My students and I paddle this river in the wooden canoes and kayaks we build in our boat shop. The shop is located in a century-old church that is now the Camden Shipyard and Maritime Museum in the city’s Waterfront South neighborhood. We begin our paddle at the Kaighn Avenue dam and paddle through the city to the confluence of the Delaware River back channel behind Petty’s island. This urban river flows through the tidal marsh, a lush and vibrant environment that for most of us goes unnoticed.
And while this is Camden, a place known for extreme poverty and violence; this is not what we see. We see magnificent Great Blue Herons, Snowy White Egrets, Belted Kingfishers, Red Winged Black Birds, and so much more. We paddle past skeleton remains of old brick buildings that once housed the industries of a manufacturing Mecca, known as Camden. Our journey takes us under highways and bridges where thousands of motorists pass overhead each day completely unaware of the amazing adventure we are having on a river they never see.
Once, paddling under the beautiful old swing bridge of Federal Street, a student who rode the bus twice each day across this bridge, to and from school, shared that he felt like a tourist in his own city; only the river could give him that perspective.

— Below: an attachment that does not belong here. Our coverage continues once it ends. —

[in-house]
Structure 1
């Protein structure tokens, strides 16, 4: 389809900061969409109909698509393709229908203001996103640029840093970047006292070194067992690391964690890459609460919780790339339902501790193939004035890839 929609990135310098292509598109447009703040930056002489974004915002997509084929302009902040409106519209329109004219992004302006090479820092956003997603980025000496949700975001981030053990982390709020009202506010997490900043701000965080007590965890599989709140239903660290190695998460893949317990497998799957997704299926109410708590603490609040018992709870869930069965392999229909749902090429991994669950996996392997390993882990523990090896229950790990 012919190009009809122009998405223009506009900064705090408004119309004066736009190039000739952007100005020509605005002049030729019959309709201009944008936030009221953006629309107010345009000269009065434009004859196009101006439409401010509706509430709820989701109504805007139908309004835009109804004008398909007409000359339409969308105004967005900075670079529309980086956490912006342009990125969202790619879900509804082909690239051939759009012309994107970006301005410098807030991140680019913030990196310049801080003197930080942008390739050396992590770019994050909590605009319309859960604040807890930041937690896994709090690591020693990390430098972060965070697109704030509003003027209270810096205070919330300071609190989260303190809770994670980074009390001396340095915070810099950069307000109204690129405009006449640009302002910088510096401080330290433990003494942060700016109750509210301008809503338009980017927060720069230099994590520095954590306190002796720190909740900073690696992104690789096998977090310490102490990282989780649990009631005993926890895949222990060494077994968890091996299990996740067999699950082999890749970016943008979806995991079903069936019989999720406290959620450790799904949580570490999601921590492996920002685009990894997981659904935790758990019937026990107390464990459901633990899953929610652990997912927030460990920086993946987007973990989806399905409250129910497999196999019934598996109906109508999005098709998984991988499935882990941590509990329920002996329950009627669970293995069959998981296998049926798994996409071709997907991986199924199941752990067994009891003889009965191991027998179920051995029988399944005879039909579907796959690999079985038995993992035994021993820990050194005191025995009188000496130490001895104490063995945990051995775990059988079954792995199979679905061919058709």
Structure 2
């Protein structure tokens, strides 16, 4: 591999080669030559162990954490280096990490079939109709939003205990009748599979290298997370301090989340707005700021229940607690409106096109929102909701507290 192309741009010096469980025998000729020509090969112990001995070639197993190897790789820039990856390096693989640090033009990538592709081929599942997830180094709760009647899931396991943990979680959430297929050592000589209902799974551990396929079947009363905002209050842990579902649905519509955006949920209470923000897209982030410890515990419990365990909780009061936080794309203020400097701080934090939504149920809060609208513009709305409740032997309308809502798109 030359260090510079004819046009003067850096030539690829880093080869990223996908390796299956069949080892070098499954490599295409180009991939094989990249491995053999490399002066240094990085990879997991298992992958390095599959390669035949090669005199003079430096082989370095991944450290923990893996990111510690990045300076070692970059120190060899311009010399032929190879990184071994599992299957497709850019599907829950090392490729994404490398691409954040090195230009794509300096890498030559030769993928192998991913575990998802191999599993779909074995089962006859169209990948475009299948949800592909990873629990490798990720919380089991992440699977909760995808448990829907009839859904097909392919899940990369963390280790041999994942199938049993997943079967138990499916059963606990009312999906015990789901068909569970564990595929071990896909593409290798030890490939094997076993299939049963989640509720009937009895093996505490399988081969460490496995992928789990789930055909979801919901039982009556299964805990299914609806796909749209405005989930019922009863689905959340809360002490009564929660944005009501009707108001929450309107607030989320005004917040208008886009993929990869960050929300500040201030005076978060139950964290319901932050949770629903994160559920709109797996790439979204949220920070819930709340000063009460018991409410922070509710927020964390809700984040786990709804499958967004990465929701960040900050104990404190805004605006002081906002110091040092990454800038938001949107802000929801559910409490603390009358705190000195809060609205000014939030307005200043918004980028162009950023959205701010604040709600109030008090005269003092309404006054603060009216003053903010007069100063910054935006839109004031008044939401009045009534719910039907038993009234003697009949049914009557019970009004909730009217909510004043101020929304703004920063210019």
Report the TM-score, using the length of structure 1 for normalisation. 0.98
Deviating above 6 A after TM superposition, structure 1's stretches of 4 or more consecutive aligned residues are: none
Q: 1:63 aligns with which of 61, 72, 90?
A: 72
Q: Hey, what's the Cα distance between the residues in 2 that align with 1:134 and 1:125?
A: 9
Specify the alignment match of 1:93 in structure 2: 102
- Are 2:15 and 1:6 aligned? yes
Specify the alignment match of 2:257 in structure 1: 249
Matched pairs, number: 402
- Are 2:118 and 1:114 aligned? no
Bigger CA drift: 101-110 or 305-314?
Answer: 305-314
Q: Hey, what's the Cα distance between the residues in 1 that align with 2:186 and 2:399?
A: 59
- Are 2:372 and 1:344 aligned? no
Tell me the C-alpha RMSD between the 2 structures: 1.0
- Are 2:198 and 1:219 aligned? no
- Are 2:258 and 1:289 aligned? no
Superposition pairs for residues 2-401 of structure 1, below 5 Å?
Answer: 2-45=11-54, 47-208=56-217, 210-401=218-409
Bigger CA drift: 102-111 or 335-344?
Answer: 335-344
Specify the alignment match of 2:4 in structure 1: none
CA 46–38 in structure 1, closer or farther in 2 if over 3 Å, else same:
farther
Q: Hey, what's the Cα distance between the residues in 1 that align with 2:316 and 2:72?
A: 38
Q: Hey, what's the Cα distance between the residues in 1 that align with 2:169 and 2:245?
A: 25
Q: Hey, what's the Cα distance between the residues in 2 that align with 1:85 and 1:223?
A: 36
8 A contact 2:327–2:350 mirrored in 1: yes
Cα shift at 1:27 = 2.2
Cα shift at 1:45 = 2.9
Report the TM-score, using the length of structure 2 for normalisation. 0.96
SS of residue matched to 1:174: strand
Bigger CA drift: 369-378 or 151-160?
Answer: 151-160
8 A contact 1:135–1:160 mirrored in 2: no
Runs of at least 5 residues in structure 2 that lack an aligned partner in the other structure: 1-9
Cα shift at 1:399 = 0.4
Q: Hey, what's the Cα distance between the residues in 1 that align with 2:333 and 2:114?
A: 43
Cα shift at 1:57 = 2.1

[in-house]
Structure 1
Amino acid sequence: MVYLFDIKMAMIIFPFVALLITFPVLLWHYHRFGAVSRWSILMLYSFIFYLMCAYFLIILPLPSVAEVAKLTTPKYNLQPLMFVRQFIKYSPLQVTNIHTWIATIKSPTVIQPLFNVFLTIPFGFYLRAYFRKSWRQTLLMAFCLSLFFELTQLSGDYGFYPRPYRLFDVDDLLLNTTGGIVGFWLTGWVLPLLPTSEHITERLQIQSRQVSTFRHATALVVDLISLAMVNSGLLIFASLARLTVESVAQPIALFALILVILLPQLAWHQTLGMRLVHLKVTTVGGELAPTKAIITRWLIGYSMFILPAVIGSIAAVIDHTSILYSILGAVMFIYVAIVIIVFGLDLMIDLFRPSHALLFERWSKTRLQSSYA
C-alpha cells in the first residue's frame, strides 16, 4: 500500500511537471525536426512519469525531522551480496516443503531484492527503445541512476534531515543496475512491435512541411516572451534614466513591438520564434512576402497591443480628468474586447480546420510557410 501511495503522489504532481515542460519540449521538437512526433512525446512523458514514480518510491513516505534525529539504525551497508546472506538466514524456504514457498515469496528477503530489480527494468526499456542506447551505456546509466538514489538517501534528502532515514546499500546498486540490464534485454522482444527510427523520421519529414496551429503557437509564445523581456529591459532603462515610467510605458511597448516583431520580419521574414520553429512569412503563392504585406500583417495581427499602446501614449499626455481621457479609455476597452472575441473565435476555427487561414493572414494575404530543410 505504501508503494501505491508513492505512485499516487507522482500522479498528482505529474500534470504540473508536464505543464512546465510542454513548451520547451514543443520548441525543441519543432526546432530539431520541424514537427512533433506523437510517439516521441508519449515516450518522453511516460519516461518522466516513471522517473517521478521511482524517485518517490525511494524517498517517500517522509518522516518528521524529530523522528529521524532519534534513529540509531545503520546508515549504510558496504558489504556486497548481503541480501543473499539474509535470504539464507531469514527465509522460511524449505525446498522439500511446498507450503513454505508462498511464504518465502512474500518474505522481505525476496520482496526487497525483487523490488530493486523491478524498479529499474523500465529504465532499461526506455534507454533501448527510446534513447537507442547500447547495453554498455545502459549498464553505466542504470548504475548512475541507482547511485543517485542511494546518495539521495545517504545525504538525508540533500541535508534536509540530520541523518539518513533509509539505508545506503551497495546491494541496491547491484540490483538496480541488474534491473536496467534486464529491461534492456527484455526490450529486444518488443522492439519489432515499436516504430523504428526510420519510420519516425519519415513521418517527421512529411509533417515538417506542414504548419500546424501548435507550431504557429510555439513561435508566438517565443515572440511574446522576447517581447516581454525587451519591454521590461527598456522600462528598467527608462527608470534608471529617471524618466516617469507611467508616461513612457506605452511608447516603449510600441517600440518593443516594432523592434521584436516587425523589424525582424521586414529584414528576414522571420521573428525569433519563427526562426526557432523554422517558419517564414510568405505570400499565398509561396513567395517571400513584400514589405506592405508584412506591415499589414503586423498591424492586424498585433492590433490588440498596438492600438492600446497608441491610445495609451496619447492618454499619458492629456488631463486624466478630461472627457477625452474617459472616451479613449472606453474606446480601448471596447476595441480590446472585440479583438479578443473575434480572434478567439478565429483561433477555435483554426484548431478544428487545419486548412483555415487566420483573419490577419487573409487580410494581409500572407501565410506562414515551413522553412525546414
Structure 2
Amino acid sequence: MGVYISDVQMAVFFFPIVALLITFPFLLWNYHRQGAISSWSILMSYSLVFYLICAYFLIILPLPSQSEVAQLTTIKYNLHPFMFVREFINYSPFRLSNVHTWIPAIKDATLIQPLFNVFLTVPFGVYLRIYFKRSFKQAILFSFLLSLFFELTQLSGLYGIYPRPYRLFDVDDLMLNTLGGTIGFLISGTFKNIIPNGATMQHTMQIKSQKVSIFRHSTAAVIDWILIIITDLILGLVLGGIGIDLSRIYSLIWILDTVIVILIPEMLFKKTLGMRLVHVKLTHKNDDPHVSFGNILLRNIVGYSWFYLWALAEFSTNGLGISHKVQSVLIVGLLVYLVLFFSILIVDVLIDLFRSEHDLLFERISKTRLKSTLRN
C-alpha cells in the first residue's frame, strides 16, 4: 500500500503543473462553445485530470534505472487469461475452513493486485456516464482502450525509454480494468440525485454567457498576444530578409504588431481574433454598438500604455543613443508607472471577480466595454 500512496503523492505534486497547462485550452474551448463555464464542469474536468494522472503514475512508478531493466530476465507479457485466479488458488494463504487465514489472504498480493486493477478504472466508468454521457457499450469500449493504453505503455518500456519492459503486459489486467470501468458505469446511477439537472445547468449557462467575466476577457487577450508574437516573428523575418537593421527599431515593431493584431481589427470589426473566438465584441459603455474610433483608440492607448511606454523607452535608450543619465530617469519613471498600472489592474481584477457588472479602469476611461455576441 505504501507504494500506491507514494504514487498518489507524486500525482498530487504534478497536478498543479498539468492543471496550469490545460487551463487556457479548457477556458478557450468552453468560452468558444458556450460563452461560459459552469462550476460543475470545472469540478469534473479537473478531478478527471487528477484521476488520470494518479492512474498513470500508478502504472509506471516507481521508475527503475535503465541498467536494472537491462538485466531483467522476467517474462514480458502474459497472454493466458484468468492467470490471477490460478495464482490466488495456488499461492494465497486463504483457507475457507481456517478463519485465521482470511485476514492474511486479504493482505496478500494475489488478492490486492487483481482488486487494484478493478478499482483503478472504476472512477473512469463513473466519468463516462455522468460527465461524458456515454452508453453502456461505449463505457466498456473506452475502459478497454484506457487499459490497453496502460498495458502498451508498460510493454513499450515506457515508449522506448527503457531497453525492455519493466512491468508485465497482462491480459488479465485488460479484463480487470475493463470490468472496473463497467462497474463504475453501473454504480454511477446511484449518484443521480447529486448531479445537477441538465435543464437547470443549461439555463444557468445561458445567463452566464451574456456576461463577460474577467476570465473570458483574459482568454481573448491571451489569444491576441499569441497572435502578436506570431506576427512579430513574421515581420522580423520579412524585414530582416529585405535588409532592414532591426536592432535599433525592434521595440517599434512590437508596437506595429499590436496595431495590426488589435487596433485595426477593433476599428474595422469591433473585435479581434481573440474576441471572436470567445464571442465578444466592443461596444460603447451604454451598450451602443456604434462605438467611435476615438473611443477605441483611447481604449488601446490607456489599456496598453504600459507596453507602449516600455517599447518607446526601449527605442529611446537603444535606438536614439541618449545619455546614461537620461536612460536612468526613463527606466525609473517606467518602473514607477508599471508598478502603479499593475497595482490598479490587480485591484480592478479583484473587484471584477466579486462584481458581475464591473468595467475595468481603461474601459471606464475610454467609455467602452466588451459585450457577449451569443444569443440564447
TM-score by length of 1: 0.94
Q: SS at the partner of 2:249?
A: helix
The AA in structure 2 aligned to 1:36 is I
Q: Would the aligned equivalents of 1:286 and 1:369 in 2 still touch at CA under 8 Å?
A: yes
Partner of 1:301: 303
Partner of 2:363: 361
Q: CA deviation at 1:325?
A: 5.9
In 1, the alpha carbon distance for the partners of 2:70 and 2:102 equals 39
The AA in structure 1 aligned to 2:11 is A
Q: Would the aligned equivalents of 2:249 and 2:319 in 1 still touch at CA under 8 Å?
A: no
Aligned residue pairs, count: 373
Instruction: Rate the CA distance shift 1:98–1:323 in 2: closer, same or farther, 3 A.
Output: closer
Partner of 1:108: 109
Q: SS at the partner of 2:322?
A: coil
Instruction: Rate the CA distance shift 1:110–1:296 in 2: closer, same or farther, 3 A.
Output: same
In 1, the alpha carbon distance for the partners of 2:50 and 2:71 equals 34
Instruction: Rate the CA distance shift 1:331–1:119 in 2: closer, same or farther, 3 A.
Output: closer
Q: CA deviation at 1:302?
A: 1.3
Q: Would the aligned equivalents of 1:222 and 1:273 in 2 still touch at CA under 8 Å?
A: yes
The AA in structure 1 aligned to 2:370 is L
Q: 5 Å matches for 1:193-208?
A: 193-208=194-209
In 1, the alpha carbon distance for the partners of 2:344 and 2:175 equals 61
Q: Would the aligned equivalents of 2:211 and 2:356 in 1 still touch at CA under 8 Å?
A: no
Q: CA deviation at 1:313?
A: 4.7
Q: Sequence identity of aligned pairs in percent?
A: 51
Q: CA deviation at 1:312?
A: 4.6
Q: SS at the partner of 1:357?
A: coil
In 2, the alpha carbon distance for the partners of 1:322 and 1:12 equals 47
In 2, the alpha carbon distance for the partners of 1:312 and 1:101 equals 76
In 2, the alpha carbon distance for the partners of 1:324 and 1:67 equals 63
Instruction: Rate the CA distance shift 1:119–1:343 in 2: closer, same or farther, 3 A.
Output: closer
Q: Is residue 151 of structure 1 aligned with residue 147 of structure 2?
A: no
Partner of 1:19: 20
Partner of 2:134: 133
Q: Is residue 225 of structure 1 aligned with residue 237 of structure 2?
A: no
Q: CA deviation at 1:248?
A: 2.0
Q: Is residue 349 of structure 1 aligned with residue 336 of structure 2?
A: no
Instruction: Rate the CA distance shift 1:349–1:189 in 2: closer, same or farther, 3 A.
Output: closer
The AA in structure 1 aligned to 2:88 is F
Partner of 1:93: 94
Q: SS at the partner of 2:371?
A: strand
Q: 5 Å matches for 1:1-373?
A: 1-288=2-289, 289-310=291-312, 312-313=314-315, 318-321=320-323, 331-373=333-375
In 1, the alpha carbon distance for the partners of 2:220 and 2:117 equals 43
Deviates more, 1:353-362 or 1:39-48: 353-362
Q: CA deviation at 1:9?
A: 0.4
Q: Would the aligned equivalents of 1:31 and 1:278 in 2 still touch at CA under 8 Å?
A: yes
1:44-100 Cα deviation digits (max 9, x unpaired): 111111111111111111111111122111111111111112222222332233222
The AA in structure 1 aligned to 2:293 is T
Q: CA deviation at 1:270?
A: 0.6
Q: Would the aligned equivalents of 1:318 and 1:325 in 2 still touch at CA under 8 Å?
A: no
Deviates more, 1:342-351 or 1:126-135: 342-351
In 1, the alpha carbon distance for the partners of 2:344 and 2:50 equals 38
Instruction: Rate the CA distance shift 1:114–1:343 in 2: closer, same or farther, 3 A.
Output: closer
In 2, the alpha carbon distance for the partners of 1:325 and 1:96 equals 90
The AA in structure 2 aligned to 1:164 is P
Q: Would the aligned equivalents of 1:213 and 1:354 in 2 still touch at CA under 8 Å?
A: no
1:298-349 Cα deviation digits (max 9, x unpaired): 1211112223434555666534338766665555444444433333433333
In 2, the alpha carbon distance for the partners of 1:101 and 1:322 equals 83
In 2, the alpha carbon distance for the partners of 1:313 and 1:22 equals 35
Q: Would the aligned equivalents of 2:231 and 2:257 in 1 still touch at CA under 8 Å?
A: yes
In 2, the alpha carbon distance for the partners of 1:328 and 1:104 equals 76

The river has become our classroom. Our students regularly test for water quality, seine, and analyze micro organisms for additional signs of the river’s health. We advocate before city and regional government for better access to the river, and for an environmental justice that’s not being fairly shared between more affluent suburbs and the urban community.
Through our Trekker and BoatWorks programs we have been able to provide an alternate view for many teens throughout our city. Whether pedaling or paddling, the effect--or ripple, if you will--can be the spark to bring transformation to the lives you help us impact by your faithful and continuing support.Blessings, Jim Director of Experiential Learning